Q&A with Gordon Hester

THE WORLD IS CHANGING AT A FASTER PACE THAN AT ANY TIME IN HISTORY. The need for any leader, company, or industry to seek relevancy and leadership in the marketplace has never been greater. The direct selling industry is no exception to this reality. The competition for consumers requires us to be reimagine how we will continue to be a proven and meaningful distribution channel. I recently had the opportunity to speak with Gordon Hester on his insightful new book.

You have a new book called Positioned Right: The Forces Shaping the Future of Direct Selling and Network Marketing. Share with us what the book is about and why you wrote it?

Two and a half years ago, and seven full rewrites later, it came about because I started recognizing what I believe was an inflection point in our channel. You can only ride the wave for so long because, at some point, you realize that change is necessary and required. In my opinion, we are positioned right as a distribution channel and an opportunity for the future. It’s hard to argue you’re not when you’re in over 170 countries, over 120 million entrepreneurs using this business model, and doing over $200 billion in sales globally.

The whole first part of the book was letting people understand what both direct selling and what network marketing are all about. I’m an educator by nature, and I believe it’s important for people to be educated about who we are all about. The rest of the book is really focused on the evolution—the big areas we have to focus on. What are they?

  • It starts with perception. How do we get the marketplace to have more raving brand ambassadors for the industry?
  • Next, is focusing on improving the customer and distributor experience and journey.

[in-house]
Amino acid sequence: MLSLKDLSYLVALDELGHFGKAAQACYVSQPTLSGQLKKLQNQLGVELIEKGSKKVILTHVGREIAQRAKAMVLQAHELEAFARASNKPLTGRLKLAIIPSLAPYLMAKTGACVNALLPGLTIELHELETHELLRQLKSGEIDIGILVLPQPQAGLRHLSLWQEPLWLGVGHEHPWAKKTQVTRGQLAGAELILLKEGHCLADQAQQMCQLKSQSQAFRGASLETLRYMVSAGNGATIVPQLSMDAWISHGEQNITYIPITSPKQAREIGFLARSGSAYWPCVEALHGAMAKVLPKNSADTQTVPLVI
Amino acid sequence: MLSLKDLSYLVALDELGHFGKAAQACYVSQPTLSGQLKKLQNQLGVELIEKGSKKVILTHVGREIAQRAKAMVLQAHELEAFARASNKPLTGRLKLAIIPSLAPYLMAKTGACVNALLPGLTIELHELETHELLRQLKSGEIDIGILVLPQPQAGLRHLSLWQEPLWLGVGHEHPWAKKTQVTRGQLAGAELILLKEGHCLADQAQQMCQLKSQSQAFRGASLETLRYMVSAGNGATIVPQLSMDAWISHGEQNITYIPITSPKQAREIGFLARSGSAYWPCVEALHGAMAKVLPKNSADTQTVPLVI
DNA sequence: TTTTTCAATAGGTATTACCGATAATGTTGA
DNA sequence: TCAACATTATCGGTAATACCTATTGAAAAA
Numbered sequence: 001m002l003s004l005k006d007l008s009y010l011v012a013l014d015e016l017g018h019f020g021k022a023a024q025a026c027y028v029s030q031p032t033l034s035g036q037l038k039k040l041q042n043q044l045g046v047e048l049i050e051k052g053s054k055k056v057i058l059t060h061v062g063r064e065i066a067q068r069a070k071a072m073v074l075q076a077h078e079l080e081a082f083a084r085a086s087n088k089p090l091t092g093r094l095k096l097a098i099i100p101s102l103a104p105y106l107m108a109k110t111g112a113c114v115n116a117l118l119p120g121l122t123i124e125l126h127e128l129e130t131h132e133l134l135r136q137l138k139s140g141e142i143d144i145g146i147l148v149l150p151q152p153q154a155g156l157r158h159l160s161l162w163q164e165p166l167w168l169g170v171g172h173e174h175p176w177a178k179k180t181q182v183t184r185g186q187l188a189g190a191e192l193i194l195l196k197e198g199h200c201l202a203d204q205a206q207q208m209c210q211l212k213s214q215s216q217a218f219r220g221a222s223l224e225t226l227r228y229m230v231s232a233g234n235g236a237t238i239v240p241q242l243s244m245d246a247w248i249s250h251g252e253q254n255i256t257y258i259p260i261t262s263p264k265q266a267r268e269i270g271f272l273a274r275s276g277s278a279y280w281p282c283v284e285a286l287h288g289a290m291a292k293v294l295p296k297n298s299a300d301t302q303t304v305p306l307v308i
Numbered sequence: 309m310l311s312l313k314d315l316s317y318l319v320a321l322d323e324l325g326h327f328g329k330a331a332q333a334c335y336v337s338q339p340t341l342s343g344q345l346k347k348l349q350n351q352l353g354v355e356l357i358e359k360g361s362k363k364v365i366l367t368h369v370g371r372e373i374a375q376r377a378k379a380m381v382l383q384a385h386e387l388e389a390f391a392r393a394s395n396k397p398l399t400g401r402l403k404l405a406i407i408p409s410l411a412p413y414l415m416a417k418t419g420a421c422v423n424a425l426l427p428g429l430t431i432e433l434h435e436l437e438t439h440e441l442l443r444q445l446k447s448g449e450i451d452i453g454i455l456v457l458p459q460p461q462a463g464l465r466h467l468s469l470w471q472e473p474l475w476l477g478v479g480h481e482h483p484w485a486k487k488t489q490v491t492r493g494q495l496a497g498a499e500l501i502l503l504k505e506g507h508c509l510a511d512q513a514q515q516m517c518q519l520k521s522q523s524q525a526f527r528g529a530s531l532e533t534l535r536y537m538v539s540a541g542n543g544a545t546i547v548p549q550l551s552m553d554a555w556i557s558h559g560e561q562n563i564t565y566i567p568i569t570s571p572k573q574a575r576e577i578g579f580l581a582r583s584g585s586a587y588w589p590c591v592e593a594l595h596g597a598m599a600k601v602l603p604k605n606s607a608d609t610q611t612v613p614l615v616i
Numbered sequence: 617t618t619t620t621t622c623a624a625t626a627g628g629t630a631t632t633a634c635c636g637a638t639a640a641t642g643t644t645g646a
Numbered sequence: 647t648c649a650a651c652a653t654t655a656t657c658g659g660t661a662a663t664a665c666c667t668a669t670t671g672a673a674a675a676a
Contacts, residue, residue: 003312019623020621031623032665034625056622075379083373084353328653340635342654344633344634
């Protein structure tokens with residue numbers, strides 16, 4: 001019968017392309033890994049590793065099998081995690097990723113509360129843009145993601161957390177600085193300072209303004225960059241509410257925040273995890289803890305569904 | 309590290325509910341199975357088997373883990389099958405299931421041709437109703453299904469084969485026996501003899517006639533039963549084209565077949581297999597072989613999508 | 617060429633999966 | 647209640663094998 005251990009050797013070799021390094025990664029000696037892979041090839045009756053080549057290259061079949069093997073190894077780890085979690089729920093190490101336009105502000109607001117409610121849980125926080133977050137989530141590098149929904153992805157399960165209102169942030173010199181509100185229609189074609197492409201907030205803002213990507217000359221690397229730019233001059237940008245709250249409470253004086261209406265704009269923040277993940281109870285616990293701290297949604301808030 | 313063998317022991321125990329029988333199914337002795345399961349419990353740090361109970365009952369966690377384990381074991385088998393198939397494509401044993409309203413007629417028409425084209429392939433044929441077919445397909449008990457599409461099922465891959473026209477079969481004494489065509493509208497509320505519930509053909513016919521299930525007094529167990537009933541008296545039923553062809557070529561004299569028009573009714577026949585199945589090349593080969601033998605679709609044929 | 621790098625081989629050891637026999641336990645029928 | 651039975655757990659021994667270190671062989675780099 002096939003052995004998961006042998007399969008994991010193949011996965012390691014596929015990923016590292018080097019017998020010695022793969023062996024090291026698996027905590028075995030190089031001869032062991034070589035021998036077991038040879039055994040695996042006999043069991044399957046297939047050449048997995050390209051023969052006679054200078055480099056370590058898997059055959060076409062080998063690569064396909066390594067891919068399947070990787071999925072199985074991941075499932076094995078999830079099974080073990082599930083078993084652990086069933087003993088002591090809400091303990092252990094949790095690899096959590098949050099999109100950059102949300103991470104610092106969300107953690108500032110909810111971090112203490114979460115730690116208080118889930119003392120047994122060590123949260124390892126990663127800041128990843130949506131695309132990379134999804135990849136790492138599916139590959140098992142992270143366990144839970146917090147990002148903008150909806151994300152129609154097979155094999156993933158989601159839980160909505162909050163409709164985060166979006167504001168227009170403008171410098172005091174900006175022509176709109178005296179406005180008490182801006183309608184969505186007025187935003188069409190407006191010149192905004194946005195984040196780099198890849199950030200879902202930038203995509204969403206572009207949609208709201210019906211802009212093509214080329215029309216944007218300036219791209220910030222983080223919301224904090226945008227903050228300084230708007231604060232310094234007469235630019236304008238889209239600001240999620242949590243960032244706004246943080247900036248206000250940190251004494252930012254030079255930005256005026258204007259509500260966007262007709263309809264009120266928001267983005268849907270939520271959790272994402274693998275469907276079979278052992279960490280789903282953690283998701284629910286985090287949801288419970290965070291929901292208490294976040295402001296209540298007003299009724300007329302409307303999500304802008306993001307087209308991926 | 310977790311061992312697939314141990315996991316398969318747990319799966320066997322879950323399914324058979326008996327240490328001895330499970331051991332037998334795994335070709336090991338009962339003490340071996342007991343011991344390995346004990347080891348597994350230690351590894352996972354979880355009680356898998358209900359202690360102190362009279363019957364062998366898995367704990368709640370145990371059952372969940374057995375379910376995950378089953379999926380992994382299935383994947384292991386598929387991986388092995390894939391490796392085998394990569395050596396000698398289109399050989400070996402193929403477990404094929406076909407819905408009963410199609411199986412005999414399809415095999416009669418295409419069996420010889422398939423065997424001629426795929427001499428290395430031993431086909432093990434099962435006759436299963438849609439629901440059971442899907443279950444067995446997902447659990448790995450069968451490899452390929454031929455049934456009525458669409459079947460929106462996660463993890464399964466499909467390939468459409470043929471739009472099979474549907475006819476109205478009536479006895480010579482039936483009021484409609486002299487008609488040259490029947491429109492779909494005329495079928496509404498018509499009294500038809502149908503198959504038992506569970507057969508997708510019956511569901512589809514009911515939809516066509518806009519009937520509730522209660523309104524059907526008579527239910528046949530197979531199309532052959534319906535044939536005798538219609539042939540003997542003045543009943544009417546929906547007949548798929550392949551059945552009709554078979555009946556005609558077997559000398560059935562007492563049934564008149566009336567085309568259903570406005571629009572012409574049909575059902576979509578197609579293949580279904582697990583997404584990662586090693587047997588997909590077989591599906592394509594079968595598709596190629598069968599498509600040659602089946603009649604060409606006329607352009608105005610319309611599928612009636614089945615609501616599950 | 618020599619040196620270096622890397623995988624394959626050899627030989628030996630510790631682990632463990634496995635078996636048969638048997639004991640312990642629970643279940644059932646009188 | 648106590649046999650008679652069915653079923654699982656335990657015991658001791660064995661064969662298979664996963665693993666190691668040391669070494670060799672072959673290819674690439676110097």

• The last piece is culture—which I think culture is the ultimate differentiator in our business.

How do we as a channel adapt to this changing world?

We look at our channel in two components, one being the distribution channel, and the other being the opportunity. There’s obviously a lot of talk about the regulatory environment and what’s going on there. I noticed that the inflection point was the marketplace had evolved to a point where we had to change. If you went back ten years ago, there was no Amazon that was doing what they’re doing today, and the e-commerce component, that distribution channel wasn’t what it was today. So how consumers behave, how they shop, the tools they are given have all changed. I feel that as an industry we have fallen behind, and as a distribution channel we can do a better job.

To me, the best indicator of this is just go look at the number of customers we lose and how quickly we lose them. This is important to fix. We always have to be competing for customers because it’s the foundation of direct selling. I always tell people—no customer base, no business. That’s just reality number one of business.


We have to understand that our business isn’t about marketing hope, the next generation of the process is we have to be able to execute on
fulfilling that hope.

On the opportunity side of things, in 2017 and 2018 in the U.S. the industry lost over 2 million people. Part of that was segmentation and other issues. But you also have to look at ‘who’ we were losing in the industry. It is our part-timers, the micro-entrepreneurs, the lifeblood of our channel. With any established company, these are the people who are going to bring in over 90 percent of your sales, 90 percent of your customer acquisition and 90 percent of your recruiting.

So, when the things that are foundational stop working, you have to take a hard look at how do you go and get positioned to evolve this industry. And the book for me was step one. I think our industry right now is paying a lot of attention to the importance of evolving, and that’s a good thing. Now the question is how.

 “Either the pursuit of relevancy and leadership in the marketplace will define the future of direct selling, or inaction will create limitations—not focusing all energy on fighting the old, but on building the new.” Tell us what this quote from your book means.